Thursday, 11 January 2018

A poem by Louisa Campbell


I‘m sick of vampires
with their blood-sucking,
swing-swagger cloaks;
swooping round gaudy moons
embellished with boasting bats;
shrieking, love, love, while wiping
the blood from their chins
with white silk hankies;
moaning, poor me, oh poor me,
as they pounce and puncture,
then go to bed in a box.

And me?
I’m sick of me,
grinning with garlic,
cringing with a crucifix.
From this day on,
it’s a stake through the heart.

Louisa Campbell lives in Kent in England, where she writes poetry and adopts stray dogs. Published here and there, she has realised that life is silly, but important, and she is very happy about that. Her first pamphlet The Happy Bus was published in 2017 by Picaroon Poetry.

Monday, 8 January 2018

A poem by Chris Hemingway

The Wrong Unicorn

On the night of her ninth birthday
my daughter tells me
that the reindeer is just another flightless mammal,
that my handwriting is not that of a fairy
(tooth or otherwise),
and once this logic is applied,
the Easter Bunny sheds plausibility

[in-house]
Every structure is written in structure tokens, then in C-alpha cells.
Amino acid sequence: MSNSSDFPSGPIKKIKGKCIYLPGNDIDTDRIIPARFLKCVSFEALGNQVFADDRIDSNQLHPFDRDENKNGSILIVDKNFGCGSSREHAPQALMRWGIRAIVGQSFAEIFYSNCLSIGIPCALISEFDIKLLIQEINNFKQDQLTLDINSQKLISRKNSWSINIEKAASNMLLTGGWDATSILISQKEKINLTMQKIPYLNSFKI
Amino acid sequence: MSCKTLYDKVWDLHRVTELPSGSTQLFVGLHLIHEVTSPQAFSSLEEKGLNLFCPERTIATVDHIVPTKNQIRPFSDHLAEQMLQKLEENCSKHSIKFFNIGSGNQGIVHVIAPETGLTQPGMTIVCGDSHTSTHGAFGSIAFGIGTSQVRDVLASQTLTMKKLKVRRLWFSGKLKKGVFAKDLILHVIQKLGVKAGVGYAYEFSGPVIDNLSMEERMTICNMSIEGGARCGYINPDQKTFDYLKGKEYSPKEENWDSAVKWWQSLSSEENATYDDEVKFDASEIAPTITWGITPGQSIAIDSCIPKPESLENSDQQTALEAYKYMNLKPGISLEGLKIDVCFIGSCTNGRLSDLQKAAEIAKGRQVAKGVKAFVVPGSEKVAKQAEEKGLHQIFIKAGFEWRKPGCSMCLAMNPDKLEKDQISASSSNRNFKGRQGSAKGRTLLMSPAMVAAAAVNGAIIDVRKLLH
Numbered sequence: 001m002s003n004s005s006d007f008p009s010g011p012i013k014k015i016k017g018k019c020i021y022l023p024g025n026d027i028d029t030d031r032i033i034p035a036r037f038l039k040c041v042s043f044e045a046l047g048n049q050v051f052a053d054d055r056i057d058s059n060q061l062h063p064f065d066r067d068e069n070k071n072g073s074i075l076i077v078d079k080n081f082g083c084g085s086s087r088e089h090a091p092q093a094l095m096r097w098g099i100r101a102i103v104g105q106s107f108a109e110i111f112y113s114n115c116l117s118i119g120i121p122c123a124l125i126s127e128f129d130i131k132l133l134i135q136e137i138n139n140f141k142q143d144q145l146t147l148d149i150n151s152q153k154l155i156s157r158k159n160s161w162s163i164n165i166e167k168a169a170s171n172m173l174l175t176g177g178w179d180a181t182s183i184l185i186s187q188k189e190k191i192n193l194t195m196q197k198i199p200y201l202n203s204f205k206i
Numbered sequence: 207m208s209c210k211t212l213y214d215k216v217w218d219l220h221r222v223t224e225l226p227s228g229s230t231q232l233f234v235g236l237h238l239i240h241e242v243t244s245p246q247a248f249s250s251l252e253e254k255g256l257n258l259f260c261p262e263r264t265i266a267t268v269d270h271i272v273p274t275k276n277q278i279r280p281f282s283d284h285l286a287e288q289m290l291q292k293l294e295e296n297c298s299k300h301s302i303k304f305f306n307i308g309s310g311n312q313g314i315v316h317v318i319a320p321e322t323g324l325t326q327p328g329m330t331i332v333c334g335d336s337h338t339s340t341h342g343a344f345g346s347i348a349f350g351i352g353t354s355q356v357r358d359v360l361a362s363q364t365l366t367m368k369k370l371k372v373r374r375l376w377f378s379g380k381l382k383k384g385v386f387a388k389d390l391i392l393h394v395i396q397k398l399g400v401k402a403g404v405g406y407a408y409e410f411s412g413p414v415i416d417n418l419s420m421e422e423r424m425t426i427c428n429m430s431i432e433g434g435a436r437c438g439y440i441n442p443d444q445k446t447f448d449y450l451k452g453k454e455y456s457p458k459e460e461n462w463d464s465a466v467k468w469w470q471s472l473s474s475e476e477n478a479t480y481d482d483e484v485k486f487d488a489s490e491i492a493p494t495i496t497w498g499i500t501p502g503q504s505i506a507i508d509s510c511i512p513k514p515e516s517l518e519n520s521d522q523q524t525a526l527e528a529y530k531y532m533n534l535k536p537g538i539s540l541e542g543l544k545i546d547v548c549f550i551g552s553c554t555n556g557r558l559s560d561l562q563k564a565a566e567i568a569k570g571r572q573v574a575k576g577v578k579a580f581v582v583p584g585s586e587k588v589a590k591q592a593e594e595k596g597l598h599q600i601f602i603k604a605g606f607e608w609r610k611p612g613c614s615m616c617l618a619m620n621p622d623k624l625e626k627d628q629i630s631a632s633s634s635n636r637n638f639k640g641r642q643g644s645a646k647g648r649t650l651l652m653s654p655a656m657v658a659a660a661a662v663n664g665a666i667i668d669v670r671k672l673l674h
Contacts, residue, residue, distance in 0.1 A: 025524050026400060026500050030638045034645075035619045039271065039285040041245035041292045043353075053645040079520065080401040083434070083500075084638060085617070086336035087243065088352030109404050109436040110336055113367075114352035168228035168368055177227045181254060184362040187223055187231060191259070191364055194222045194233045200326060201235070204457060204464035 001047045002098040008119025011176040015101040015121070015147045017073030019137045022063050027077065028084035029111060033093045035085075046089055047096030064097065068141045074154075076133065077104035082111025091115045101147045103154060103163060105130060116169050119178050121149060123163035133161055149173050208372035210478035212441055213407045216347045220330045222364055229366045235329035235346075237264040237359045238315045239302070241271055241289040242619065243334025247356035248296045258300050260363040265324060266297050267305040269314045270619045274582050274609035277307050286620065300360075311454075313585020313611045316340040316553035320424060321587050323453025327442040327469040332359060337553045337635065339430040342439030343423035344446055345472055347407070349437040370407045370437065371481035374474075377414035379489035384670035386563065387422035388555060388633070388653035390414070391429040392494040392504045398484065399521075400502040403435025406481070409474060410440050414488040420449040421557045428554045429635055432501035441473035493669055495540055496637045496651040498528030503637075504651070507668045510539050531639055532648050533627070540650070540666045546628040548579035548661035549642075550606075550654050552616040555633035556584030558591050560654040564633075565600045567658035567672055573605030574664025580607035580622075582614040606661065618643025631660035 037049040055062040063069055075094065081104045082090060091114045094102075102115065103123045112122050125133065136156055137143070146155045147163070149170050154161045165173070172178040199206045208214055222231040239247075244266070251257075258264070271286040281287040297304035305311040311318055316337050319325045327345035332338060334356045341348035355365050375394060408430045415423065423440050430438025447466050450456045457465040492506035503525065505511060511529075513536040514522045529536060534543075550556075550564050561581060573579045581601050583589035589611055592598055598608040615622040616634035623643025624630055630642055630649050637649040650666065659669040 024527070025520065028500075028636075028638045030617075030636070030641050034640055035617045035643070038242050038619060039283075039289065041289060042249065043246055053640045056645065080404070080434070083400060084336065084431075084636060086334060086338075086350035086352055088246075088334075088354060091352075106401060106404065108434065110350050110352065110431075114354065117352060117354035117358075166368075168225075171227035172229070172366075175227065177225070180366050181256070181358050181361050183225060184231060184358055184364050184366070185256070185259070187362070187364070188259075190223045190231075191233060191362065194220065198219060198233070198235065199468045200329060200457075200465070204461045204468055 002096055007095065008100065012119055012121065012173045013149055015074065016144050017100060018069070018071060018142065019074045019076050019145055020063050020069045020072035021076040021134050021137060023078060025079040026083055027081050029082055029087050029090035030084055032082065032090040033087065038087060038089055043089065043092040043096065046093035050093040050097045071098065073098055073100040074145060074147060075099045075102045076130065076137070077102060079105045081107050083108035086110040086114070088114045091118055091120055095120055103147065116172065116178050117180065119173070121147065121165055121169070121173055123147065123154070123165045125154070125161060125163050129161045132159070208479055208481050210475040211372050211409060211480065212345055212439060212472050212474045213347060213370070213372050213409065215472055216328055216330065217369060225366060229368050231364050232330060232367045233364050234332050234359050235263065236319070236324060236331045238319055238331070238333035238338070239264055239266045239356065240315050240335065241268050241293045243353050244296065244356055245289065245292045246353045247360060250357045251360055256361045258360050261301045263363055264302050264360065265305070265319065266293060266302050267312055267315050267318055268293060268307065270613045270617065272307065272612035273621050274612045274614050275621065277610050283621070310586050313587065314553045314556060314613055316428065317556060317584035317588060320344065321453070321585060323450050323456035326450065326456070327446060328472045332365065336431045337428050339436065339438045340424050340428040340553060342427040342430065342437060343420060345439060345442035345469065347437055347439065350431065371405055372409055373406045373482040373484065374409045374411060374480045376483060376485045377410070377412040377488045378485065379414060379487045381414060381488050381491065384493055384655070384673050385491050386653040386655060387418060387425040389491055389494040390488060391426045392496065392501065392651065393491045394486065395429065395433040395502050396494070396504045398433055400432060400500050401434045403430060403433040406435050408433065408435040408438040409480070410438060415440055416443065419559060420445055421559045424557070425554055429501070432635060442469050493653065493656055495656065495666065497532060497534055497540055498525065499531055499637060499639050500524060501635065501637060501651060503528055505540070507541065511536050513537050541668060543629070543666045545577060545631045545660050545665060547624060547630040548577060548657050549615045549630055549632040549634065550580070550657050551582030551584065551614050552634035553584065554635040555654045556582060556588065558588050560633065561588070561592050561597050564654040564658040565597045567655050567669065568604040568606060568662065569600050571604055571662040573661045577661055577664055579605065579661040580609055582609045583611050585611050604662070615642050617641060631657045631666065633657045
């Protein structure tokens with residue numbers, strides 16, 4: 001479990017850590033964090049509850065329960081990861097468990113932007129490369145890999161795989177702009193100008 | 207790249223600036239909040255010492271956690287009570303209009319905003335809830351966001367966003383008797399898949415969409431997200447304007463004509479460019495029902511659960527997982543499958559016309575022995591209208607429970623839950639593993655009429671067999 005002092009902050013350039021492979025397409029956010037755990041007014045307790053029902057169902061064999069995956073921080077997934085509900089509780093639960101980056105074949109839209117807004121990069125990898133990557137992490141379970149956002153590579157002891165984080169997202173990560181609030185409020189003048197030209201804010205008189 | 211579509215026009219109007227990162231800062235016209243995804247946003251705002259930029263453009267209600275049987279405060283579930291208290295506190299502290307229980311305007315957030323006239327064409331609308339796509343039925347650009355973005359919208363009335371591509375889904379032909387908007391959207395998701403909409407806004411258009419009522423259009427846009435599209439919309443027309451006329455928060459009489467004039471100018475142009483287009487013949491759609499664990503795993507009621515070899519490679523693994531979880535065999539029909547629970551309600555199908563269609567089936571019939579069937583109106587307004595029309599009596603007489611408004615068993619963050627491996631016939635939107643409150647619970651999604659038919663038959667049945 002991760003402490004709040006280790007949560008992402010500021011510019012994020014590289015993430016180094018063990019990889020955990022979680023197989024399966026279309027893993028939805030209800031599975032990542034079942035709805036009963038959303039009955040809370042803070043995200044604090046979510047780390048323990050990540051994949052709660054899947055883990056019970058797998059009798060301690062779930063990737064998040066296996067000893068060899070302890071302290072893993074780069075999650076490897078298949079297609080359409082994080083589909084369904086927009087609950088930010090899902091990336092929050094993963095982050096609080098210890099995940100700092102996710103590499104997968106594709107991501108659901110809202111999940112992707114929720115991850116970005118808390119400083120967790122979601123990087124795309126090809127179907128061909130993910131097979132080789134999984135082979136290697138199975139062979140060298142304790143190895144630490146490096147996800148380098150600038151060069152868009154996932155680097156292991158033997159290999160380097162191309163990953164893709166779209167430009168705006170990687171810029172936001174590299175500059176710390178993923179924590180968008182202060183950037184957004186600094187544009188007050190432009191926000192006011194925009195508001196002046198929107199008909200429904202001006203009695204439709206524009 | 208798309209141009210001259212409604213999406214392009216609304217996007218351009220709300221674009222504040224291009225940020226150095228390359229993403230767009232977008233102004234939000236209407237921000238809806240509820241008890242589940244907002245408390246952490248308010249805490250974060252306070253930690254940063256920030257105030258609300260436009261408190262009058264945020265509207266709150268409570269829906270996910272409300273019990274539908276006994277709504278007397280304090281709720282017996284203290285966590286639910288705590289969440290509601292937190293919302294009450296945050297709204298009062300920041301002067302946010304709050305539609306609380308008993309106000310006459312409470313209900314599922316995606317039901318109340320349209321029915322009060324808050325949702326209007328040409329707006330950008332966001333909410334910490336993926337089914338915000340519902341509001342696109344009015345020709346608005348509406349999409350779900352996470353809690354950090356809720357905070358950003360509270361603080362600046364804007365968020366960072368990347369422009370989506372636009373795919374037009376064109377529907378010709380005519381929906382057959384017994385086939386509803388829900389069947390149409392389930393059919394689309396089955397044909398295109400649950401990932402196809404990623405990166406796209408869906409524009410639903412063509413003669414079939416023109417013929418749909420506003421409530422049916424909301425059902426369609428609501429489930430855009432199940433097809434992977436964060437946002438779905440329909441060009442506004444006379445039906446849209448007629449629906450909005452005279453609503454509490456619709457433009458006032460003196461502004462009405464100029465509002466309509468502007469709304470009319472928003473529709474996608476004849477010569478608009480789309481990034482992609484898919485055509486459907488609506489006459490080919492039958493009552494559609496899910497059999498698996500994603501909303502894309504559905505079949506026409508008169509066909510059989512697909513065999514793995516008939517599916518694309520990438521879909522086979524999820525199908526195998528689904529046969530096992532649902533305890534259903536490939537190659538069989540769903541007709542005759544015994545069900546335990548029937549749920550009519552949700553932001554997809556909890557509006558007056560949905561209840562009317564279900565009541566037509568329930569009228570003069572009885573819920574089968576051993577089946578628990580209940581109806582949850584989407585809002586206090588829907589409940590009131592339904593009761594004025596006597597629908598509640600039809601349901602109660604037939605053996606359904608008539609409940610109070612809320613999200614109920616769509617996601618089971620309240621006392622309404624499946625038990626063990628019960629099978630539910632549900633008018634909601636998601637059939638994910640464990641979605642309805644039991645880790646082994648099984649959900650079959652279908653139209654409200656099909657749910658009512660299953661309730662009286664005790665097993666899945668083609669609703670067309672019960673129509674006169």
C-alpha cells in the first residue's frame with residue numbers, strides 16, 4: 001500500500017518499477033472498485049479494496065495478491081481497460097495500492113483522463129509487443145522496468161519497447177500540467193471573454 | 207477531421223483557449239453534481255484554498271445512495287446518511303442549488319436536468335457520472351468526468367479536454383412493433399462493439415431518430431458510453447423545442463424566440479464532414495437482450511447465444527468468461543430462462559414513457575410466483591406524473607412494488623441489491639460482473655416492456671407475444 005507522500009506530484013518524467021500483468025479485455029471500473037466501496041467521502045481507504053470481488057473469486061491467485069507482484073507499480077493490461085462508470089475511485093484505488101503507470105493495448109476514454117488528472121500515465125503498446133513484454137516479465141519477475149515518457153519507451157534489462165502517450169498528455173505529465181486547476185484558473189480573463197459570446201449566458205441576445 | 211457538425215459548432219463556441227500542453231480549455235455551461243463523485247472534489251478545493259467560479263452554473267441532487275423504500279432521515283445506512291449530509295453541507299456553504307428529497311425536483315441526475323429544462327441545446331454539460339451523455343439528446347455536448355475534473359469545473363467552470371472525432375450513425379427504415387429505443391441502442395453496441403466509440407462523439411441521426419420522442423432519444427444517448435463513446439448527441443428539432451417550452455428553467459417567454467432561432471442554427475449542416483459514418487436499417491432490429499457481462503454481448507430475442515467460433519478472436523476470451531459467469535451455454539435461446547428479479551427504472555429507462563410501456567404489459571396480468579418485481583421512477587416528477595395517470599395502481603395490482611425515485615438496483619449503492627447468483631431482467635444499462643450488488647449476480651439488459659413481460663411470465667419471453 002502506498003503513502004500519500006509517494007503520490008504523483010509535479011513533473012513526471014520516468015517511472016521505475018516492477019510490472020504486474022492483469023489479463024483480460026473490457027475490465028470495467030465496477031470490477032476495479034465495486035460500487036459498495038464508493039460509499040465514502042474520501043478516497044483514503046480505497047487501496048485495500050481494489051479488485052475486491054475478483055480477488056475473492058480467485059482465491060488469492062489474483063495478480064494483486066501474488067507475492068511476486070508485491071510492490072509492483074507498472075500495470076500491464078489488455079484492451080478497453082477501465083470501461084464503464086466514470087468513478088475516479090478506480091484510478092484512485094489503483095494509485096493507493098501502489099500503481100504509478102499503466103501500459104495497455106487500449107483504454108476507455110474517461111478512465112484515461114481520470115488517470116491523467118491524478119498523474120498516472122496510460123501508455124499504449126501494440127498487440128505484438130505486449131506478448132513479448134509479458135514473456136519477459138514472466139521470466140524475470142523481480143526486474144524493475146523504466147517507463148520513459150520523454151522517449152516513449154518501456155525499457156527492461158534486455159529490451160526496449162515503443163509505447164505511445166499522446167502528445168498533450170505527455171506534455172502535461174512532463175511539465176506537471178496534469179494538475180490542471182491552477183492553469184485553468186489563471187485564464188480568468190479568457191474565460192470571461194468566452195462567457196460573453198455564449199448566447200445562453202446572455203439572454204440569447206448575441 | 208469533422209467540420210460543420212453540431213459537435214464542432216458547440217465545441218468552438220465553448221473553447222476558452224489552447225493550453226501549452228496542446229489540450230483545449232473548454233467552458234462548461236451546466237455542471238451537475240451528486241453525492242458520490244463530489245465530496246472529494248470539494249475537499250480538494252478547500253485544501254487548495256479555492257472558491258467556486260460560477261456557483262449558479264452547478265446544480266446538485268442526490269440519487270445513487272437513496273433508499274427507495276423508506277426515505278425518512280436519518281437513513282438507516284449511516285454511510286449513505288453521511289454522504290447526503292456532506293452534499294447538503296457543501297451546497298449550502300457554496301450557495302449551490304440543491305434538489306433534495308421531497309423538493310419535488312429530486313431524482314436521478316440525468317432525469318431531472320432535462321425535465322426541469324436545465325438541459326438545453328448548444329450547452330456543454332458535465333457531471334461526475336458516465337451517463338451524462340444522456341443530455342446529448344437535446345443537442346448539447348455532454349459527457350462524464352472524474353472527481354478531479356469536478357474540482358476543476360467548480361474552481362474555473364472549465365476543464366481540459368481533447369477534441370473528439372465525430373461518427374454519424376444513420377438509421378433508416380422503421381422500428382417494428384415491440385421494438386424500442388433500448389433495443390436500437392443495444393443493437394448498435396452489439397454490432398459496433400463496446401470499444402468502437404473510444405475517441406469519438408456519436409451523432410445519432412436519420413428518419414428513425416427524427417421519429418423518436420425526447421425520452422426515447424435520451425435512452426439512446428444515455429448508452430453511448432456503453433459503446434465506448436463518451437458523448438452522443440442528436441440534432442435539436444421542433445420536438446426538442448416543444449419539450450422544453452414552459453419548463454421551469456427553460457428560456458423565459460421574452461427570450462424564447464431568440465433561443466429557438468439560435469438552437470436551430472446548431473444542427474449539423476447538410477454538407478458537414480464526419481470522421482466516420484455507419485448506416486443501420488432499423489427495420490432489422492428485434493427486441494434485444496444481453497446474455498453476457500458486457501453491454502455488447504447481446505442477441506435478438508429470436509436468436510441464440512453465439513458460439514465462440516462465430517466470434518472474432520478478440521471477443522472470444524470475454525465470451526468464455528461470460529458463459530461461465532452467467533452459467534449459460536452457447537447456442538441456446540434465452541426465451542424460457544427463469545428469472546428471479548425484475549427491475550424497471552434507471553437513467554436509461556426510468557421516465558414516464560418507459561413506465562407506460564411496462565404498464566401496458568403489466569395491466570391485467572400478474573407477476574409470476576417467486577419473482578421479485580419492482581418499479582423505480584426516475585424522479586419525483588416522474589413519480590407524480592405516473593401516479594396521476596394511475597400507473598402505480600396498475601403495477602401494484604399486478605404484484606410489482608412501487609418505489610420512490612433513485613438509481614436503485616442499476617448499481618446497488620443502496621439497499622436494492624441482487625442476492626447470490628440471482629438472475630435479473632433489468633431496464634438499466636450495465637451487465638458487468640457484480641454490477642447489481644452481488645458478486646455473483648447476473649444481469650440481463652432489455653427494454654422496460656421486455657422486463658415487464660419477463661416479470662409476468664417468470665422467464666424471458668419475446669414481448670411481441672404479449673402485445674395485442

quicker than his winter coat.

She's happy to have worked this out
but I wonder is she sad as well ?
Does growing older have to mean
fewer things to believe in ?

I tell her myths survive longer
than most truths
and there's no such thing
as the wrong unicorn.

Chris Hemingway is a writer and musician from Cheltenham. He has self-published two collections (“Cigarettes and Daffodils” and “The Future”), and has a new pamphlet “Party in the Diaryhouse” out in Spring 2018, to be published by Picaroon. He is part of the organisation team for Cheltenham Poetry Festival, and co-runs the “Squiffy Gnu” poetry prompt blog and Facebook Group

Thursday, 4 January 2018

A poem by Robert Nisbet

Pairing for Life

The Brecon Beacons, 1990

I’m driving through a cold March countryside
to the schoolday’s work.